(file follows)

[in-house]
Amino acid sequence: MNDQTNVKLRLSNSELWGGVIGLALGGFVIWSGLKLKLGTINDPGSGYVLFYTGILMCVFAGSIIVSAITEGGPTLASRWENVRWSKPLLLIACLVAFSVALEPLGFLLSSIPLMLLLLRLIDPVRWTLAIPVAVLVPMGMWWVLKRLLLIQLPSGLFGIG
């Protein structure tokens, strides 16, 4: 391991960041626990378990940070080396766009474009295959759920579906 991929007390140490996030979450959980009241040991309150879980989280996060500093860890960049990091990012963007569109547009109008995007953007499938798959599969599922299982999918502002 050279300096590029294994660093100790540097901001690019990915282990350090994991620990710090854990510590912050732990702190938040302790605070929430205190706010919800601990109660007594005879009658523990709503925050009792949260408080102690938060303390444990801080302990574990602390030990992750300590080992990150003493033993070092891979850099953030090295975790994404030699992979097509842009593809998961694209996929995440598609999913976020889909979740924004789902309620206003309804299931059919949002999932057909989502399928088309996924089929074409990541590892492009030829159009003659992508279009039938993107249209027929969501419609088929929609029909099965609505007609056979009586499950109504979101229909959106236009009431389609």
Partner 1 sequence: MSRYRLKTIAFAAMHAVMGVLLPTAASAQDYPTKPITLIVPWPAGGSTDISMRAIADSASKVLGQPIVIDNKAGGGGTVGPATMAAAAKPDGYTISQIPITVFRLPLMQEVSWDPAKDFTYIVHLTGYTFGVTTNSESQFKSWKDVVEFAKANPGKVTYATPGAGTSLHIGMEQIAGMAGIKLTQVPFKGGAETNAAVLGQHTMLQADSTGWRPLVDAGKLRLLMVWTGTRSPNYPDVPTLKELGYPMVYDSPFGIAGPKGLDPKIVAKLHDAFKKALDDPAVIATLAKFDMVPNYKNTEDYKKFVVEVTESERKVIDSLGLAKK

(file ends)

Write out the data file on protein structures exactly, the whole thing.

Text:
[in-house]
Amino acid sequence: MNDQTNVKLRLSNSELWGGVIGLALGGFVIWSGLKLKLGTINDPGSGYVLFYTGILMCVFAGSIIVSAITEGGPTLASRWENVRWSKPLLLIACLVAFSVALEPLGFLLSSIPLMLLLLRLIDPVRWTLAIPVAVLVPMGMWWVLKRLLLIQLPSGLFGIG
């Protein structure tokens, strides 16, 4: 391991960041626990378990940070080396766009474009295959759920579906 991929007390140490996030979450959980009241040991309150879980989280996060500093860890960049990091990012963007569109547009109008995007953007499938798959599969599922299982999918502002 050279300096590029294994660093100790540097901001690019990915282990350090994991620990710090854990510590912050732990702190938040302790605070929430205190706010919800601990109660007594005879009658523990709503925050009792949260408080102690938060303390444990801080302990574990602390030990992750300590080992990150003493033993070092891979850099953030090295975790994404030699992979097509842009593809998961694209996929995440598609999913976020889909979740924004789902309620206003309804299931059919949002999932057909989502399928088309996924089929074409990541590892492009030829159009003659992508279009039938993107249209027929969501419609088929929609029909099965609505007609056979009586499950109504979101229909959106236009009431389609």
Partner 1 sequence: MSRYRLKTIAFAAMHAVMGVLLPTAASAQDYPTKPITLIVPWPAGGSTDISMRAIADSASKVLGQPIVIDNKAGGGGTVGPATMAAAAKPDGYTISQIPITVFRLPLMQEVSWDPAKDFTYIVHLTGYTFGVTTNSESQFKSWKDVVEFAKANPGKVTYATPGAGTSLHIGMEQIAGMAGIKLTQVPFKGGAETNAAVLGQHTMLQADSTGWRPLVDAGKLRLLMVWTGTRSPNYPDVPTLKELGYPMVYDSPFGIAGPKGLDPKIVAKLHDAFKKALDDPAVIATLAKFDMVPNYKNTEDYKKFVVEVTESERKVIDSLGLAKK